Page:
By Priya Ramesh (@newpr)
A couple of weeks back I was addressing an audience of senior marketing, PR, communications leaders at the PR News Social Media Measurement Summit in New York City. As I listened to all the speakers and the water cooler conversations, there was one consistent theme that emerged:
WE ARE ALL IN THE BUSINESS OF CONTENT MANAGEMENT.
I sure hope that in the next few years we will stop addressing each other as PR, Marketing, Social Media Strategist or whatever the fancy title is and start referring to each other as Content Managers because that’s what we try to do at the end of the day. We invest time, energy and budget to generate content that will attract our key audiences to engage and respond to us positively.
2012 is almost over and as we define our 2013 communications strategy, I want you to keep these three very critical elements in mind. These elements will make or break your success:
1. Start Diminishing Lines between PR, Marketing and Social Media: As the CMO or Chief of Communications, your goal will be to bring together all areas of content creation and curation within your organization under ONE umbrella. We just can’t afford to still have a siloed approach anymore especially when our customers demand real time information made available to them at the palm of their hands. Moving forward your title will have very little to do with your ultimate objective, which is creating RELEVANT, ENGAGING and VLUABLE content for your target audience that positively affects your bottom line. So at the end of the day we need to consistently think in terms of a CONTENT STRATEGY that helps you solve your customers problems.
2. Exploit BIG DATA to Define Your Content Strategy: Big data is not just a buzz word anymore but a fundamental shift in how organizations store, process and generate value out of their data to create high impact campaigns. As Don Hinman, popularly known as Dr. Data, past Chair of the Direct Marketing Association’s Committee on Ethical Business Practices describes it in his blog post:
“Regardless of how you define big data, there are five things every marketer needs to know in order to effectively leverage big data to fuel strategies and achieve ROI.
i) Despite how the Global Language Monitor has categorized it, big data is not simply a buzz term. Big data is a fundamental shift that will affect how our industry moves forward.
ii) Big data isn’t just digital data. It describes the vast enormity of offline and online data.
iii) Big data is data from your customers and about your customers. In our business this includes web logs, social networks and social data, internet text and documents, call detail records, large-scale ecommerce, purchase transactions and compiled data files.
iv) Today’s challenge with big data isn’t necessarily where to store it, but how to access it and take action. Data is useless if marketing—and IT—aren’t able to access it when it is needed, be that in real-time, or at least near real-time, to improve strategies and better engage with consumers across channels.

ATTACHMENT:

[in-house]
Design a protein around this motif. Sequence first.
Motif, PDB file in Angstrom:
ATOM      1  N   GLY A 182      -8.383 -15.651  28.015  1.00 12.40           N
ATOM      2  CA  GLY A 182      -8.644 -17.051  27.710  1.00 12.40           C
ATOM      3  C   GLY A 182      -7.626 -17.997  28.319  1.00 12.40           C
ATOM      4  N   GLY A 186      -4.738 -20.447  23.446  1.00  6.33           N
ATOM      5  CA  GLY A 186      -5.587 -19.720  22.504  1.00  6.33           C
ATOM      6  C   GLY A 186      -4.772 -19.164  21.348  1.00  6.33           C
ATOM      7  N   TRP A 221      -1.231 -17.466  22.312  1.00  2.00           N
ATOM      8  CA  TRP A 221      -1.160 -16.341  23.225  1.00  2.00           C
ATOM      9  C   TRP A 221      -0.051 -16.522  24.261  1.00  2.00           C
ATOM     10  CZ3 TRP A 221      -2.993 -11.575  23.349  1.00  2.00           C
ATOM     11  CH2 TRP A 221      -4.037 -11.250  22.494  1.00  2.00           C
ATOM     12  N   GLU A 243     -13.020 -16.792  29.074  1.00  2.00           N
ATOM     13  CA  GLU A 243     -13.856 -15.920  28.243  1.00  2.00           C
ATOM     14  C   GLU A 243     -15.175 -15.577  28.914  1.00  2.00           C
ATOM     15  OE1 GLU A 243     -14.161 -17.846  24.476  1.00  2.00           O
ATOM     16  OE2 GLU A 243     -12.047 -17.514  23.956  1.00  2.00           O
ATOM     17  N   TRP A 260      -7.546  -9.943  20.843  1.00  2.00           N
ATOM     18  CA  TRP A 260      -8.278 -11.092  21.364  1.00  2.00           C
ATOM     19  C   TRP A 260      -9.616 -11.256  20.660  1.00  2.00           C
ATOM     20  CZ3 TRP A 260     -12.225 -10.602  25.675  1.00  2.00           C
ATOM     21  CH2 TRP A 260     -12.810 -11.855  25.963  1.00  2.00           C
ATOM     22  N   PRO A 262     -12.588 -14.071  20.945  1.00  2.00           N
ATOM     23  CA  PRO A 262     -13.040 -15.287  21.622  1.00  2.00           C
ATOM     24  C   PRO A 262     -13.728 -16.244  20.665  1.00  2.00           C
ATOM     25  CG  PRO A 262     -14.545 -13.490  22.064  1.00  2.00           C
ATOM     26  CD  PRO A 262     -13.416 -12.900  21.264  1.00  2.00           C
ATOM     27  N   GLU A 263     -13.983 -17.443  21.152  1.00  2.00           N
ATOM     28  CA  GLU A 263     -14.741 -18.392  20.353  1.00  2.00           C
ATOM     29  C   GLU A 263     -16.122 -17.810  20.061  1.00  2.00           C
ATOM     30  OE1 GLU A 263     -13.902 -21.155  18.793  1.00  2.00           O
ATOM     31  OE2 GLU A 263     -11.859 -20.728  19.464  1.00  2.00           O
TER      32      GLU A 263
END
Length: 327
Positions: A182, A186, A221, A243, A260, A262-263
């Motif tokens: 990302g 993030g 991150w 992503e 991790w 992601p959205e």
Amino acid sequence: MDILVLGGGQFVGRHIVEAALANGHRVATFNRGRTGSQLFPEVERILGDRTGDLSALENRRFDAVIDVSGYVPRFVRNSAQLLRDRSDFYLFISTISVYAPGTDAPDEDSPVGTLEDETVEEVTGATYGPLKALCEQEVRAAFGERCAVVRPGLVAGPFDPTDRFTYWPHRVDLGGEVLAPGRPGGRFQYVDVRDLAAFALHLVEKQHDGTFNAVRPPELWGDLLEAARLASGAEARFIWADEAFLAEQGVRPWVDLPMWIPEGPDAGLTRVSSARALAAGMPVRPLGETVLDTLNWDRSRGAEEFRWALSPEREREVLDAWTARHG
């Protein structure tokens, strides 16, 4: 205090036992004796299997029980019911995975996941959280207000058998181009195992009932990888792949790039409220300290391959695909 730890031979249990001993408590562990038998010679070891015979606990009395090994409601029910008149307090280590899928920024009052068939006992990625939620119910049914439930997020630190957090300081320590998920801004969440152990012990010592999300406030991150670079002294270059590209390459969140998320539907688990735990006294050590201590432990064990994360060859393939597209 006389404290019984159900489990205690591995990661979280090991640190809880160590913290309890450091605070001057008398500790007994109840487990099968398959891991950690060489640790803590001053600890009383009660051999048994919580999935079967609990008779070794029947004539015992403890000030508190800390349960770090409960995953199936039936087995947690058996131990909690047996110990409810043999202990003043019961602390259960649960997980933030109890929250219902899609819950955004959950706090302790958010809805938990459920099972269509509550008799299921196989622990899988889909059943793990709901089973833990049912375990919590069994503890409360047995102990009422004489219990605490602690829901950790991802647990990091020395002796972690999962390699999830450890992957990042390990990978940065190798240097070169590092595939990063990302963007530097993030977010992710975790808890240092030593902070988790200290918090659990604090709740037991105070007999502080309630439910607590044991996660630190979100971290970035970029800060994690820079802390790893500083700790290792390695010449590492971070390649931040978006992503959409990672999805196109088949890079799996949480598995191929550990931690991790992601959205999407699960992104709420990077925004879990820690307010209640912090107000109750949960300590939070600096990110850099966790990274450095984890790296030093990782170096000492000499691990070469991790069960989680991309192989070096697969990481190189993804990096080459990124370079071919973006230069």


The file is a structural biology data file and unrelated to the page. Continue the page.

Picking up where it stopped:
v) A large quantity of data does not increase the value of data. Though the cloud has made big data more accessible, it doesn’t mean we need all of it. We must think about big data in terms of value, applications and solutions. Simply put: the data that matters is the data that drives business growth and campaign performance; data that helps brands acquire new customers, retain existing customers and improve the overall customer experience.
The key take away here is that as content strategists, we need to devote time and budget to analyze the content you have generated in all your interactions with your existing and potential customers. How many of you try to identify repeated patterns or themes or relevant feedback for future products in the big data that your organization has created.
3. Think Quarterly Campaign Ideas versus Multi-Year Plans: I do chuckle a little when some of our clients ask us to identify multi-year campaigns because the truth of the matter is we live in the “Now-Age,” where we need to constantly customize our marketing messages to a highly connected consumer. How can we be planning for 2014 now when we are frequently adapting to the millions of new updates being made on Facebook or adjusting our tactics to increase web traffic through Pinterest which never existed when we outlined the 2013 plan last year? Staying nimble and flexible with your content strategy to maximize results is key to being successful in 2013. While it’s smart to have a solid long term strategy in place so you are not just shooting in the dark, you must also build a team of content marketers that stay on top of new trends and are able to change course in order to get the maximum traction for your marketing efforts.
A smart content strategy that integrates both traditional and social and can be measured againct your KPI’s (key performance indicators) is KEY to your success next year so if I were you, I would ask your agency, internal teams to come up with a solid content strategy. Of course if you feel a little lost, CRT/tanaka is here to help you. Just email me at firstname.lastname@example.org.
Good luck, make your efforts count next year!